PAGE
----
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Cultural wealth tops agenda as NCAC hosts Commonwealth delegates

By Bridget Chiedu Onochie, Abuja   |   09 August 2017   |   4:25 am

NCAC

The National Council For Arts and Culture (NCAC), last weekend, launched Nigerian culture to prominence as he played host to delegates to the 16th Commonwealth Speakers and Presiding Officers Conference (African Region) that ended last week.

Although a visit to the Arts and Crafts Village of NCAC permanent site was not part of their itinerary, NCAC Director General, Otunba Olusegun Runsewe, ensured they were at the centre, where they were not only exposed to unique Nigerian arts and crafts, but also made some purchases.

Before the tour of the crafts village, the ambassadors, representing several African countries, were hosted to cultural displays by NCAC’s troupe and subsequently entertained with Nigerian cuisines. Runsewe was quick to brief his guests about the uniqueness of Nigerian indigenous arts and crafts.

According to him, arts and culture will soon become the country’s largest source of revenue. He reassured that even when crude oil fails Nigeria, attention would be shifted to its arts and culture, with which it was well endowed ‎in its six geo-political zones.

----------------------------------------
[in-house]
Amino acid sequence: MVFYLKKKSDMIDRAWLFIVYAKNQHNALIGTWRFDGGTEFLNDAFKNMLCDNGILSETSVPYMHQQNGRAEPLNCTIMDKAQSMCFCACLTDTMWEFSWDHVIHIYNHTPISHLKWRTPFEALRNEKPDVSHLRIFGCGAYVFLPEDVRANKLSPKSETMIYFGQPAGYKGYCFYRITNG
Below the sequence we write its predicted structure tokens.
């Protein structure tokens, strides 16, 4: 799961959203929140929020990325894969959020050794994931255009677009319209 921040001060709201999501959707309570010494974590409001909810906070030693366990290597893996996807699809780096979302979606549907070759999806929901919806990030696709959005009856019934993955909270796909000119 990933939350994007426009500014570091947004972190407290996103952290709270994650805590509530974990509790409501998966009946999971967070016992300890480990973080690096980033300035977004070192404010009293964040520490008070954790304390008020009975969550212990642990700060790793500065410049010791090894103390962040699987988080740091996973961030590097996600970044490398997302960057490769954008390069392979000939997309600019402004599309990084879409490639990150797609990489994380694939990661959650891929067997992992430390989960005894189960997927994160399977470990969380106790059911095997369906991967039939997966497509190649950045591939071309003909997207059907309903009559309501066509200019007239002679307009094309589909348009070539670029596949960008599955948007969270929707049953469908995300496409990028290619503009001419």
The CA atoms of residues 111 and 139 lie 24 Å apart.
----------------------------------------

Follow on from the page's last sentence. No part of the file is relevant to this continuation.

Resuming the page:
As he put it, “We are being sincere; we cannot run away from the fact. Crude oil may dry up but materials for arts and our culture will not dry up because we have them scattered all over the states of the federation and the Federal Capital Territory. Nigeria being the bridge builder for African continent cannot be at the back seat in showcasing and development of the African arts and culture.”

Runsewe noted that the council had packaged the cultural display for the delegates  because of the respect it had for lawmakers as the elected representatives of the people, adding, “Nigeria ‎is the pride of Africa, culturally. We packaged this cultural display for you because of the respect we have for you as the representatives of the people. You are the last hope of your people. It is my conviction that you enjoyed the warmth and hospitality of the good people of Nigeria during your brief stay in Abuja. I also hope that you will find the rest of your stay very pleasant and pleasurable.”

He also used the occasion to invite the delegates and the rest of Africa to this year’s African Arts and Crafts Expo (AFAC 2017), holding later this month. AFAC is one of the council’s major events made its debut in 2008, as a regional market for arts and crafts. Since then, it has continued to gain wider acceptance. As his first major outing since assumption of office, Runsewe assured of several introductions to the programme as well as high level of both local and foreign participations.

According to him, plans have been concluded towards a successful hosting. At the end of the hosting, most of the delegates expressed deep appreciation to the people and government of Nigeria for their warmth reception. They also attested to the fact that Nigeria is rich in culture, having had a unique experience savouring some of it.


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NCACOlusegun Runsewe


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